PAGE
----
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United States Government Accountability Office GAO For Release on Delivery Expected at 10:00 a.m. EST Wednesday, January 23, 2008 Testimony Before the Subcommittee on Oversight and Investigations, Committee on Energy and Commerce, House of Representatives NUCLEAR NONPROLIFERATION DOE Needs to Reassess Its Program to Assist Weapons Scientists in Russia and Other Countries Statement of Robert A. Robinson, Managing Director Natural Resources and Environment GAO-08-434T January 23, 2008 NUCLE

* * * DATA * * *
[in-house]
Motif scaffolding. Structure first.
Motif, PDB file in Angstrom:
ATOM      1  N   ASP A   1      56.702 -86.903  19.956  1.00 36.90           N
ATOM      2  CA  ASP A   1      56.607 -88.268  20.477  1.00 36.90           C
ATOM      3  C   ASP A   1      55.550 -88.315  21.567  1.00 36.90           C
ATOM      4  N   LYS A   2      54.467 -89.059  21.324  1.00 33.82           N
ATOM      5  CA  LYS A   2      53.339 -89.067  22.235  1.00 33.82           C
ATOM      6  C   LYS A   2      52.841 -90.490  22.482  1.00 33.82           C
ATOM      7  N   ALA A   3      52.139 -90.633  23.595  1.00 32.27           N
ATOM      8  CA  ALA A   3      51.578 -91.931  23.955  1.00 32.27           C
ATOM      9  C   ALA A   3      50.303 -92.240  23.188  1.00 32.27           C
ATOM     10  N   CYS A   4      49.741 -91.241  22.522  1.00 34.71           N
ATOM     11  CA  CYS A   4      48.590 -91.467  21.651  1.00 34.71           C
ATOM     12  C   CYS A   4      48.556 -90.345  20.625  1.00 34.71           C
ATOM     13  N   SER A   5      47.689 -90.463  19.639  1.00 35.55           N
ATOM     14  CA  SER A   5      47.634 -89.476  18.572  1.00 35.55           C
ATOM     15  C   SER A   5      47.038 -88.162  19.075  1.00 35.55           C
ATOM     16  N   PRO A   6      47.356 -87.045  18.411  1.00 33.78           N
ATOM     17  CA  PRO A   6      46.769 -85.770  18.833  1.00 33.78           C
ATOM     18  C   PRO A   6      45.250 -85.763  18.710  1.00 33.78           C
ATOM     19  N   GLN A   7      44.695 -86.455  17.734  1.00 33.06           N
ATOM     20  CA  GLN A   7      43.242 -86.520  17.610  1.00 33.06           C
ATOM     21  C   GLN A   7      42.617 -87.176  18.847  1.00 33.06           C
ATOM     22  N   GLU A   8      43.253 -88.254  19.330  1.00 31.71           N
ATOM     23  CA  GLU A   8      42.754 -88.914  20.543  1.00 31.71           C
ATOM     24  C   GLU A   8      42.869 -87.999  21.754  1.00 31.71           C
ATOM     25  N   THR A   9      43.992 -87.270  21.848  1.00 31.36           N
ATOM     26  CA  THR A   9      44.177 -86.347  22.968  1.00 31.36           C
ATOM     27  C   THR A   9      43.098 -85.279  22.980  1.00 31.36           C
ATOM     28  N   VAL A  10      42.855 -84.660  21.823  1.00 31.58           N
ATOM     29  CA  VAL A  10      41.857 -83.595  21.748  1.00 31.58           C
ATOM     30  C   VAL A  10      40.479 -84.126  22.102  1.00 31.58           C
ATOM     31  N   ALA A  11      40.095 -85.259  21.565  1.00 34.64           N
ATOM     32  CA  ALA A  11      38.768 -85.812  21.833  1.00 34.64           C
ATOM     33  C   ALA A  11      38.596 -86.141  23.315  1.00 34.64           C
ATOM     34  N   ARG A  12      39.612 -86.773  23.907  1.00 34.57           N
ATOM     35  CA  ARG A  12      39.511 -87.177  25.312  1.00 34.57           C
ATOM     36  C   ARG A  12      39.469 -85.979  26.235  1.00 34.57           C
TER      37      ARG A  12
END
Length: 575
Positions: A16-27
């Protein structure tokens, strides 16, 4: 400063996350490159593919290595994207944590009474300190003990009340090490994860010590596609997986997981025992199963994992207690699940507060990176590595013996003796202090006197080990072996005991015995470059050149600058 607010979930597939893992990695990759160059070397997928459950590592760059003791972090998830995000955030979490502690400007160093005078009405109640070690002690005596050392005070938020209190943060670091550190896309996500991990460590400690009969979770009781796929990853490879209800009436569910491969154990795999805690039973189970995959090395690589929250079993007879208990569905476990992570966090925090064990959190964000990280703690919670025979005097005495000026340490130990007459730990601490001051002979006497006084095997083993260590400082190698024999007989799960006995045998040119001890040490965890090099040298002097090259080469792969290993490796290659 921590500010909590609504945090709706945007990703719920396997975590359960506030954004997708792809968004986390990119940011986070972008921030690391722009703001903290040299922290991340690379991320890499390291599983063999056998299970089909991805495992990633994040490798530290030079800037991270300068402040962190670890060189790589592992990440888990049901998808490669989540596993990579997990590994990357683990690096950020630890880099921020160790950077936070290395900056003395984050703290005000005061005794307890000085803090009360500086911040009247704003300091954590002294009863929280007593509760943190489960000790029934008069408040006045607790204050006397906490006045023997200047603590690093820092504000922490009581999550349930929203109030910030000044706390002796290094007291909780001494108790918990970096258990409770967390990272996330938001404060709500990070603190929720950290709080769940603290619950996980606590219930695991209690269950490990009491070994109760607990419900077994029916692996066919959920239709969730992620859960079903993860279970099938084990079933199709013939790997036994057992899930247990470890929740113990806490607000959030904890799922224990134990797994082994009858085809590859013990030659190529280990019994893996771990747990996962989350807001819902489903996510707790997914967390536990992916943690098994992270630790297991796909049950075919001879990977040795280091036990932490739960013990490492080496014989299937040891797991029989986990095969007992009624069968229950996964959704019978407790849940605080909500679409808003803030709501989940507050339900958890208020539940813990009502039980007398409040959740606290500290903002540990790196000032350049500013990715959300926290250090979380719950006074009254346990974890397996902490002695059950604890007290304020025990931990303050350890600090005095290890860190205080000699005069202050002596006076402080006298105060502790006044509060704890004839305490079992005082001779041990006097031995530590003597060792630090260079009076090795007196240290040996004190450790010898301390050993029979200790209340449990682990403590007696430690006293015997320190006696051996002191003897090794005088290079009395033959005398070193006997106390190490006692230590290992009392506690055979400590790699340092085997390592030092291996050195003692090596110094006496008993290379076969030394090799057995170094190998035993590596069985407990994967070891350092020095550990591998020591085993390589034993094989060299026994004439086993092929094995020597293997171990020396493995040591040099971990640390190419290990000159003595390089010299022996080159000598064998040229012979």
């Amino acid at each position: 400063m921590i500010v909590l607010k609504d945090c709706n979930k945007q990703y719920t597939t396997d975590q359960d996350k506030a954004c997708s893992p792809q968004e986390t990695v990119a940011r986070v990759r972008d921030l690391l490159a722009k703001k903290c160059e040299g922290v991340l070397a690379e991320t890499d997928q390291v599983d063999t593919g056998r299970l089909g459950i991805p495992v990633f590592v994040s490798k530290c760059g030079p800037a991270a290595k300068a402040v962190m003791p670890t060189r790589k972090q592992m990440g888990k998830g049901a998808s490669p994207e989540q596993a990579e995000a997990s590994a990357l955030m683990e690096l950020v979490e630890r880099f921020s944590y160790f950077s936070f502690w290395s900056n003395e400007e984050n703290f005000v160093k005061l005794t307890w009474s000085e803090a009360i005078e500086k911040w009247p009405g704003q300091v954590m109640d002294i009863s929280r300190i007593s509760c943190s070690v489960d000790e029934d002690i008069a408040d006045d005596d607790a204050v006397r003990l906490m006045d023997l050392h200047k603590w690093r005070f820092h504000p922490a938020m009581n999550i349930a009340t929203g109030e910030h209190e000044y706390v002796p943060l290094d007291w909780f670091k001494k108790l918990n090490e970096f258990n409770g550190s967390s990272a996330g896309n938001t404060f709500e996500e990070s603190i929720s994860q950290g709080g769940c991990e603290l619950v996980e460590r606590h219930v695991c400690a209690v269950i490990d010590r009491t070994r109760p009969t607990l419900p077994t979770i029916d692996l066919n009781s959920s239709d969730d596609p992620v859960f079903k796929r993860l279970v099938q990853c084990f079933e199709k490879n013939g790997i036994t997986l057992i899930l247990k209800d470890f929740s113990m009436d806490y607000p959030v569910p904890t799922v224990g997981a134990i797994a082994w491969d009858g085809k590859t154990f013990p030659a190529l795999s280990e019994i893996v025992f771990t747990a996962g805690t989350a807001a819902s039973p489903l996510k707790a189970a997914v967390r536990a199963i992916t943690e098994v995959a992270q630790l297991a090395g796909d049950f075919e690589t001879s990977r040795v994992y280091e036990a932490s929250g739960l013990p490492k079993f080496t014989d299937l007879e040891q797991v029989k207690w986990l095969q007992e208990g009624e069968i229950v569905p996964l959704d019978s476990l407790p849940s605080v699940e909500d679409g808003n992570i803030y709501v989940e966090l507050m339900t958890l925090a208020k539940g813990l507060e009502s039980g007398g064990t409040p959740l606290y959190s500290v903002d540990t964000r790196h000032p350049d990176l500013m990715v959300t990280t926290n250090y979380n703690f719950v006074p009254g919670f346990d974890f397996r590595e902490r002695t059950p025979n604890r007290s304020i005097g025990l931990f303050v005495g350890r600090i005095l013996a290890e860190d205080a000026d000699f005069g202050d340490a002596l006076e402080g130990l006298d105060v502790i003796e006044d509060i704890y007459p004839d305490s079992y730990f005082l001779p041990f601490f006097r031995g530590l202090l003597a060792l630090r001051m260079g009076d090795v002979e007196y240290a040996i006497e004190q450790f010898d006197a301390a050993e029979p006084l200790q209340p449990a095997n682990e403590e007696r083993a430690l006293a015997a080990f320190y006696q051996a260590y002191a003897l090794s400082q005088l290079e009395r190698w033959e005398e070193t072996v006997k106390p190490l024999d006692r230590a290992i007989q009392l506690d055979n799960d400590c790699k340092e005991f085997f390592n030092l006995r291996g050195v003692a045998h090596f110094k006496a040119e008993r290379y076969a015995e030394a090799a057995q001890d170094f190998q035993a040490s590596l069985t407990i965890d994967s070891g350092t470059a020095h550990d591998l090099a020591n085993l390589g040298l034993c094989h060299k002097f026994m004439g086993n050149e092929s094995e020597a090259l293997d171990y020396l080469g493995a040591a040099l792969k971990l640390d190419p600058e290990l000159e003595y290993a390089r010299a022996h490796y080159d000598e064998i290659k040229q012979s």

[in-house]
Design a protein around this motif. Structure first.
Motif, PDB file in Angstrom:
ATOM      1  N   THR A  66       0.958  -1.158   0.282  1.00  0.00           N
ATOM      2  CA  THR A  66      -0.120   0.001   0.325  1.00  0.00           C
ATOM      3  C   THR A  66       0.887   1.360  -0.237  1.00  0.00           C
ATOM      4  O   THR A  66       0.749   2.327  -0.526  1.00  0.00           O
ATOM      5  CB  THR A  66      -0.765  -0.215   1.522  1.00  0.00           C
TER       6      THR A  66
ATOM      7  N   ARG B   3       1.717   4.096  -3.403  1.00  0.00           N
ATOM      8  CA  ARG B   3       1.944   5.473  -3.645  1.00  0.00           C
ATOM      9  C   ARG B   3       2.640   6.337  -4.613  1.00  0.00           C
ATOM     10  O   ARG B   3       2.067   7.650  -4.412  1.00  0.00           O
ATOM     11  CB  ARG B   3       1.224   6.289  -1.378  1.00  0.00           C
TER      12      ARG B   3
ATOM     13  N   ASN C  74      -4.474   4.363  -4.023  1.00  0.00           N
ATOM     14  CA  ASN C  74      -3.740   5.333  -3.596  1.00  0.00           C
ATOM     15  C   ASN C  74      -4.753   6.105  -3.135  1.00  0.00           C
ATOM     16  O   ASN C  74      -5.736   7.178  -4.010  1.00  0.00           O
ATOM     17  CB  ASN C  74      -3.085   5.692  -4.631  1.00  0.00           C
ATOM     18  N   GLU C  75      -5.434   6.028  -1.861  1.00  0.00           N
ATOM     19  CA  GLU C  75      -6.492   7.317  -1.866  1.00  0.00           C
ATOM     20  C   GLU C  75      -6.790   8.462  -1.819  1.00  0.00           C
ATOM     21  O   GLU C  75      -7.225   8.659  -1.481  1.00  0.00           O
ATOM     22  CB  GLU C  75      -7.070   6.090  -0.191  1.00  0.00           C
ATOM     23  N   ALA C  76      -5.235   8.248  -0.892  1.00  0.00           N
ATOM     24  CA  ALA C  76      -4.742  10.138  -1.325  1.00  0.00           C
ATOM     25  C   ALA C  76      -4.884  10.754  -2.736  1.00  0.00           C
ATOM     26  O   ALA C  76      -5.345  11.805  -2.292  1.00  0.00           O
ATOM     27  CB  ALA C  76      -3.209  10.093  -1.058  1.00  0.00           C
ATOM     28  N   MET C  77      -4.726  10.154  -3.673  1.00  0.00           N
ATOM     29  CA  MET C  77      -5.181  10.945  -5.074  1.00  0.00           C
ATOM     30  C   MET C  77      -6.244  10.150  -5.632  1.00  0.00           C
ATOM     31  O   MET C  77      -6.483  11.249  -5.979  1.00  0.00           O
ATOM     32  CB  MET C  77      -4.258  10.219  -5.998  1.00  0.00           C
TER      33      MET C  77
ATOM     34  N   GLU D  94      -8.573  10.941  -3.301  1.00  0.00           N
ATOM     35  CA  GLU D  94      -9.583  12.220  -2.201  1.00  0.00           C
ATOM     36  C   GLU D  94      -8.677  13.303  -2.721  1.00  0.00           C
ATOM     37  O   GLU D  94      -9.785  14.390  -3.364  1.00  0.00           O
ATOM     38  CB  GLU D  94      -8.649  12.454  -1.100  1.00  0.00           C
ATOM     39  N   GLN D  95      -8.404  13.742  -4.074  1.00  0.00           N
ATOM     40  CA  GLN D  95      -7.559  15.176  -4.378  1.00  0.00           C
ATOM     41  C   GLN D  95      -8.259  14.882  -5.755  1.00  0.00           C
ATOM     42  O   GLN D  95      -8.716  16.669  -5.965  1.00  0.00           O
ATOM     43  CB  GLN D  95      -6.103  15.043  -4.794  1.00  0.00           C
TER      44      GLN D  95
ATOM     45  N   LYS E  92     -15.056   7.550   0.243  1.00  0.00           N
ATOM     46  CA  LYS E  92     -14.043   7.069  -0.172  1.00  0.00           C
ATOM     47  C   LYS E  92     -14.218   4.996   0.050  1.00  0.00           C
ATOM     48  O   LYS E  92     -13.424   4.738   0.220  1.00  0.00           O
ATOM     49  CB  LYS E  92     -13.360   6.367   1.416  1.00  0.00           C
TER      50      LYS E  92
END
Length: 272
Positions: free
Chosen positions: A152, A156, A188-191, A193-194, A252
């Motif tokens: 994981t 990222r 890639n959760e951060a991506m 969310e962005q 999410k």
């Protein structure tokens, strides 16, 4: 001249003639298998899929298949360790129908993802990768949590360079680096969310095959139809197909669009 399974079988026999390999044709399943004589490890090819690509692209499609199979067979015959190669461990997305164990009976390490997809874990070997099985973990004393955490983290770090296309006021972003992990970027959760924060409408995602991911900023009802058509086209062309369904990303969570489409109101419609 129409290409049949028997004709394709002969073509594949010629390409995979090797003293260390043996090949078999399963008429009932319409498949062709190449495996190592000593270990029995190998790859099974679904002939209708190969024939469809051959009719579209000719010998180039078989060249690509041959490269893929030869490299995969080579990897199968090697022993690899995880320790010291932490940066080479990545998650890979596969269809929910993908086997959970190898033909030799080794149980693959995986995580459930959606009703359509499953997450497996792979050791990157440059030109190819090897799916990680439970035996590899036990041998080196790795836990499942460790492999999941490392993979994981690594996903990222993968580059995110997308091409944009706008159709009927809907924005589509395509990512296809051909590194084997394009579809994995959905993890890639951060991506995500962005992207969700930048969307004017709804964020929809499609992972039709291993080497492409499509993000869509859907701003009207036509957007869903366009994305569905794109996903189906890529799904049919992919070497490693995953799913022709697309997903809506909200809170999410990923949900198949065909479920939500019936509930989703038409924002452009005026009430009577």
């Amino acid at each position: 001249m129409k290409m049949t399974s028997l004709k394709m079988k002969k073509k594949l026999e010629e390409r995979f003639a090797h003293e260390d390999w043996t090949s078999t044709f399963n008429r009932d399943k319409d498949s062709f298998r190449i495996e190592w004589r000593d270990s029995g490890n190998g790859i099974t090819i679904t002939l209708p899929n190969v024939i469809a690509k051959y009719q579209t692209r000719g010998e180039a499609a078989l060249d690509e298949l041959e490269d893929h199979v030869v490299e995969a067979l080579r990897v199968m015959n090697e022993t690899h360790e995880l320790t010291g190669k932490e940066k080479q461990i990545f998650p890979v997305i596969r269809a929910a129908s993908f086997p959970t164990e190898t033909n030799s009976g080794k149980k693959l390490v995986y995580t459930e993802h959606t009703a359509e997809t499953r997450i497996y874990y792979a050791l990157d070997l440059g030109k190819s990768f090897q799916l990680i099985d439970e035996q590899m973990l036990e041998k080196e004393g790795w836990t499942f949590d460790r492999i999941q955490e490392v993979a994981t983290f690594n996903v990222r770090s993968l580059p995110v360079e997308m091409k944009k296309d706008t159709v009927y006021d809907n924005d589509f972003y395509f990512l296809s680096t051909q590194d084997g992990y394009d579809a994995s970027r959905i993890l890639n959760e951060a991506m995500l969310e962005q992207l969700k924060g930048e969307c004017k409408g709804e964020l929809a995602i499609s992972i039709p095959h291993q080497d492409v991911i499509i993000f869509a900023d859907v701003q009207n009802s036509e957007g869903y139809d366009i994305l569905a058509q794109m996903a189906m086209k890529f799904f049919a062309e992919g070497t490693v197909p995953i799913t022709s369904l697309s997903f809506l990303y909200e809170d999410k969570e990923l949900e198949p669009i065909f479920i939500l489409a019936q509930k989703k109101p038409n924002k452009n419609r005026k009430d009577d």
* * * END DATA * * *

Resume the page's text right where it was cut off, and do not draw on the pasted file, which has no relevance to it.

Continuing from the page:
United States Government Accountability Office GAO TestimonyBefore the Subcommittee on Oversightand Investigations, Committee on Energyand Commerce, House of Representatives NUCLEARNONPROLIFERATIONDOE Needs to Reassess ItsProgram to Assist WeaponsScientists in Russia andOther Countries Statement of Robert A. Robinson, Managing DirectorNatural Resources and Environment For Release on DeliveryExpected at 10:00 a.m. ESTWednesday, January 23, 2008 GAO-08-434T  What GAO Found United States Government Accountability Office Why GAO Did This Study H ighlights Accountability Integrity Reliability   January 23, 2008   NUCLEAR NONPROLIFERATION DOE Need s to Rea ss e ss It s Pro g ram to A ss i s tWeapon s   S cienti s t s in Ru ss ia and Other Countrie s   Highlights ofGAO-08-434T, testimonybefore the Subcommittee on Oversightand Investigations, Committee on Energyand Commerce, House of Representatives During the decades before itsdissolution, the Soviet Union produced a cadre of scientists andengineers whose knowledge andexpertise could be invaluable tocountries or terrorist groups tryingto develop weapons of massdestruction (WMD). After theSoviet Union’s collapse in 1991,many of these scientists sufferedsignificant cuts in pay or lost theirgovernment-supported work. Toaddress concerns aboutunemployed or underemployedSoviet-era weapons scientists, theDepartment of Energy (DOE)established the Initiatives forProliferation Prevention (IPP) program in 1994 to engage formerSoviet weapons scientists innonmilitary work in the short termand create private sector jobs forthese scientists in the long term.GAO was asked to assess (1) DOE’sreported accomplishments for theIPP program, (2) DOE’s exitstrategy for the program, and (3)the extent to which the programhas experienced annual carryoversof unspent funds and the reasonsfor any such carryovers.In December 2007, GAO issued areport— uclear Nonproliferation: DOE’s Program to Assist Weapons Scientists in Russia and Other Countries Needs to Be Reassessed ,(GAO-08-189)—that addressedthese matters. To carry out itswork, GAO, among other things,analyzed DOE policies, plans, andbudgets and interviewed key program officials andrepresentatives from 22 Russianand Ukrainian institutes. DOE has overstated accomplishments on the number of scientists receivingDOE support and the number of long-term, private sector jobs created. First,although DOE claims to have engaged over 16,770 scientists in Russia andother countries, this total includes both scientists with and without weapons-related experience. GAO’s analysis of 97 IPP projects involving about 6,450scientists showed that more than half did not claim to possess any weapons-related experience. Furthermore, officials from 10 Russian and Ukrainianweapons institutes told GAO that the IPP program helps them attract, recruit,and retain younger scientists and contributes to the continued operation of their facilities. This is contrary to the srcinal intent of the program, whichwas to reduce the proliferation risk posed by Soviet-era weapons scientists.Second, although DOE asserts that the IPP program helped create 2,790 long-term, private sector jobs for former weapons scientists, the credibility of thisnumber is uncertain because DOE relies on “good-faith” reporting from U.S.industry partners and foreign institutes and does not independently verify thenumber of jobs reported to have been created.DOE has not developed an exit strategy for the IPP program. Officials fromthe Russian government, Russian and Ukrainian institutes, and U.S.companies raised questions about the continuing need for the program.Importantly, a senior Russian Atomic Energy Agency official told GAO thatthe IPP program is no longer relevant because Russia’s economy is strong andits scientists no longer pose a proliferation risk. DOE has not developedcriteria to determine when scientists, institutes, or countries should“graduate” from the program. In contrast, the Department of State, whichsupports a similar program to assist Soviet-era weapons scientists, hasassessed participating institutes and developed a strategy to graduate certaininstitutes from its program. Even so, we found that DOE is currentlysupporting 35 IPP projects at 17 Russian and Ukrainian institutes where Stateno longer funds projects because it considers them to have graduated from its program. In addition, DOE has recently expanded the program to new areas.Specifically, DOE began providing assistance to scientists in Iraq and Libyaand, through the IPP program, is working to develop projects that support aDOE-led international effort to expand the use of civilian nuclear power.In every fiscal year since 1998, DOE carried over unspent funds in excess of the amount that the Congress provided for the program. Two main factorshave contributed to this recurring problem—lengthy review and approval processes for paying former Soviet weapons scientists and delays inimplementing some IPP projects.In its recent report, GAO recommended, among other things, that DOEconduct a fundamental reassessment of the IPP program, including thedevelopment of a prioritization plan and exit strategy. DOE generallyconcurred with GAO’s findings, but does not believe that the IPP programneeds to be reassessed. To view the full product, including the scopeand methodology, click onGAO-08-434T.For more information, contact Robert A.Robinson at (202) 512-3841 orrobinsonr@gao.gov.     Mr. Chairman and Members of the Subcommittee:I am pleased to be here today to discuss the Department of Energy’s(DOE) Initiatives for Proliferation Prevention (IPP) program, which seeksto engage former Soviet weapons scientists in nonmilitary work in theshort term and create private sector jobs for these scientists in the longterm. Specifically, my remarks are based on the report we issued inDecember 2007—  Nuclear Nonproliferation: DOE’s Program to AssistWeapons Scientists in Russia and Other Countries Needs to Be Reassessed . 1 This report is our second review of the IPP program. In 1999,we found significant problems with DOE’s management of the IPP program and, as a result, we made several recommendations that DOE hasimplemented to improve the program. 2  After the Soviet Union’s collapse in 1991, many scientists and engineerswith weapons of mass destruction (WMD) knowledge and expertisesuffered significant cuts in pay or lost their government-supported work.To address concerns that these scientists would sell their expertise toterrorists or countries of concern, DOE began its IPP program in 1994.Through October 1, 2007, there were 929 draft, active, inactive, andcompleted IPP projects involving personnel at about 200 nuclear,chemical, and biological institutes in Russia and other countries. As of  April 2007, DOE reported it had supplemented the salaries of over 16,770scientists, engineers, and technicians and created 2,790 long-term, privatesector jobs in Russia and other countries through the IPP program.My testimony today will discuss (1) DOE’s reported accomplishments forthe IPP program, (2) DOE’s exit strategy for the IPP program, and (3) theextent to which the IPP program has experienced annual carryoverbalances of unspent funds and the reasons for such carryovers. Inconducting our review, we examined 207 of the 929 IPP projects. We 1 GAO-08-189(Washington, D.C.: Dec. 12, 2007). 2 See GAO,  Nuclear Nonproliferation: Concerns with DOE’s Efforts to Reduce the Risks Posed by Russia’s Unemployed Weapons Scientists ,GAO/RCED-99-54(Washington, D.C.:Feb. 19, 1999). As a result of our 1999 review, DOE modified the IPP program byimplementing requirements to (1) better categorize the weapons backgrounds of scientists participating in IPP projects; (2) review projects for potential dual-use technology; (3) limitfunding for DOE national laboratories to no more than 35 percent for each IPP project; (4)eliminate basic research projects; (5) establish direct, tax-free payments to participatingformer Soviet scientists; and (6) institute audits conducted by the Defense Contract Audit Agency as a way of verifying proper transfer of IPP program funds and equipment. Page 1 GAO-08-434T    selected this sample of projects on the basis of a variety of factors, such asgeographic distribution, representation of all participating U.S. nationallaboratories, and project costs. We interviewed key DOE and nationallaboratory officials and analyzed documentation, such as programguidance, project proposals, and financial information. We alsointerviewed officials from 15 Russian and 7 Ukrainian institutes and 14U.S. companies that participate in the program. In addition, we analyzed program cost and budgetary information, interviewed knowledgeableofficials on the reliability of these data, and determined that they weresufficiently reliable for the purposes of our review. We conducted this performance audit from October 2006 through December 2007 inaccordance with generally accepted government auditing standards. Thosestandards require that we plan and perform the audit to obtain sufficient,appropriate evidence to provide a reasonable basis for our findings andconclusions based on our audit objectives. We believe that the evidenceobtained provides a reasonable basis for our findings and conclusionsbased on our audit objectives.DOE has overstated the number of WMD scientists receiving DOE supportand the number of long-term, private sector jobs created. First, accordingto our analysis of 97 IPP projects involving about 6,450 scientists forwhom we had complete payment information, more than half of thescientists paid by the program never claimed to have WMD experience.Furthermore, according to officials at 10 nuclear and biological institutesin Russia and Ukraine, IPP program funds help them attract, recruit, andretain younger scientists and contribute to the continued operation of their facilities. This is contrary to the srcinal intent of the program, whichwas to reduce the proliferation risk posed by Soviet-era weaponsscientists. For example, about 972 of the scientists paid for work on these97 projects were born in 1970 or later, making them too young to havecontributed to Soviet-era WMD efforts. Second, although DOE asserts thatthrough April 2007, the IPP program had helped create 2,790 long-term, private sector jobs in Russia and other countries, we were unable tosubstantiate the existence of many of these jobs in our review of the projects DOE considers to be commercial successes. DOE relies on “good-faith” reporting and does not independently verify employment data itreceives. Finally, DOE officials stated that the IPP program metrics are notsufficient to judge the program’s progress in reducing proliferation risks.However, DOE has not updated its metrics or set priorities for the program on the basis of a country-by-country and institute-by-instituteevaluation of proliferation risks. In Summary Page 2 GAO-08-434T